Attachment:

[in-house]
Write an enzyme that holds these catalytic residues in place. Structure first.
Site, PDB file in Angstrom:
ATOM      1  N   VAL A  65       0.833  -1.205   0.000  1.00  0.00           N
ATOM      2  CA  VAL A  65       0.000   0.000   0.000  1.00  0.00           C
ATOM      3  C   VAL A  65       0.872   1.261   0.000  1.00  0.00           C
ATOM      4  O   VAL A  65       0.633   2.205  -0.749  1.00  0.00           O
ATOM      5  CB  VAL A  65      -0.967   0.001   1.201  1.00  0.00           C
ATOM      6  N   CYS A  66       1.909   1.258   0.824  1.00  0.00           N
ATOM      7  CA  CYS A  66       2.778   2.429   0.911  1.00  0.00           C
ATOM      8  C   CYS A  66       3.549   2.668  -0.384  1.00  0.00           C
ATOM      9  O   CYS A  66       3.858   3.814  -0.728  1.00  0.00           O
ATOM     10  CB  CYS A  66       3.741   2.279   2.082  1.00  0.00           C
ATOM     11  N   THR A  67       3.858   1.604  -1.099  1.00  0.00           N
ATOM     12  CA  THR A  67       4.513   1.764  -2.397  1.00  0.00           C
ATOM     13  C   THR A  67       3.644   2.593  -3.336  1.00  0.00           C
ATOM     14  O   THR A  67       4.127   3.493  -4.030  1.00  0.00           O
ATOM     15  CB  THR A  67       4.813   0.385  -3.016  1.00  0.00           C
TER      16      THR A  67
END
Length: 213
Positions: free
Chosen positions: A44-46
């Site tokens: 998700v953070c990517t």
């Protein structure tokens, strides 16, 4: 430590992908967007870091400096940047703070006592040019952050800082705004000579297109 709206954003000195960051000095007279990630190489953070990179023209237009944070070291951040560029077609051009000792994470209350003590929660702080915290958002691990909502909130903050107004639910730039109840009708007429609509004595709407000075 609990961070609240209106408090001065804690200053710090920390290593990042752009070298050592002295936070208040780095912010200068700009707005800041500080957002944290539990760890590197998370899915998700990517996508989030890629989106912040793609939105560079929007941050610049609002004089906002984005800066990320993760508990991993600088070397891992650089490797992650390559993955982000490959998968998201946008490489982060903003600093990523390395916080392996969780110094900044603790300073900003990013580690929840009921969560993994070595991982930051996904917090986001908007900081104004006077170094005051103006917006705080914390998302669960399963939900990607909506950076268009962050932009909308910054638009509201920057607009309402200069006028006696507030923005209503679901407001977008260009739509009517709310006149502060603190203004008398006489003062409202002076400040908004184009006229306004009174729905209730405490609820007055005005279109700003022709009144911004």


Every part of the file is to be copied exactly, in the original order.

[in-house]
Write an enzyme that holds these catalytic residues in place. Structure first.
Site, PDB file in Angstrom:
ATOM      1  N   VAL A  65       0.833  -1.205   0.000  1.00  0.00           N
ATOM      2  CA  VAL A  65       0.000   0.000   0.000  1.00  0.00           C
ATOM      3  C   VAL A  65       0.872   1.261   0.000  1.00  0.00           C
ATOM      4  O   VAL A  65       0.633   2.205  -0.749  1.00  0.00           O
ATOM      5  CB  VAL A  65      -0.967   0.001   1.201  1.00  0.00           C
ATOM      6  N   CYS A  66       1.909   1.258   0.824  1.00  0.00           N
ATOM      7  CA  CYS A  66       2.778   2.429   0.911  1.00  0.00           C
ATOM      8  C   CYS A  66       3.549   2.668  -0.384  1.00  0.00           C
ATOM      9  O   CYS A  66       3.858   3.814  -0.728  1.00  0.00           O
ATOM     10  CB  CYS A  66       3.741   2.279   2.082  1.00  0.00           C
ATOM     11  N   THR A  67       3.858   1.604  -1.099  1.00  0.00           N
ATOM     12  CA  THR A  67       4.513   1.764  -2.397  1.00  0.00           C
ATOM     13  C   THR A  67       3.644   2.593  -3.336  1.00  0.00           C
ATOM     14  O   THR A  67       4.127   3.493  -4.030  1.00  0.00           O
ATOM     15  CB  THR A  67       4.813   0.385  -3.016  1.00  0.00           C
TER      16      THR A  67
END
Length: 213
Positions: free
Chosen positions: A44-46
């Site tokens: 998700v953070c990517t």
């Protein structure tokens, strides 16, 4: 430590992908967007870091400096940047703070006592040019952050800082705004000579297109 709206954003000195960051000095007279990630190489953070990179023209237009944070070291951040560029077609051009000792994470209350003590929660702080915290958002691990909502909130903050107004639910730039109840009708007429609509004595709407000075 609990961070609240209106408090001065804690200053710090920390290593990042752009070298050592002295936070208040780095912010200068700009707005800041500080957002944290539990760890590197998370899915998700990517996508989030890629989106912040793609939105560079929007941050610049609002004089906002984005800066990320993760508990991993600088070397891992650089490797992650390559993955982000490959998968998201946008490489982060903003600093990523390395916080392996969780110094900044603790300073900003990013580690929840009921969560993994070595991982930051996904917090986001908007900081104004006077170094005051103006917006705080914390998302669960399963939900990607909506950076268009962050932009909308910054638009509201920057607009309402200069006028006696507030923005209503679901407001977008260009739509009517709310006149502060603190203004008398006489003062409202002076400040908004184009006229306004009174729905209730405490609820007055005005279109700003022709009144911004």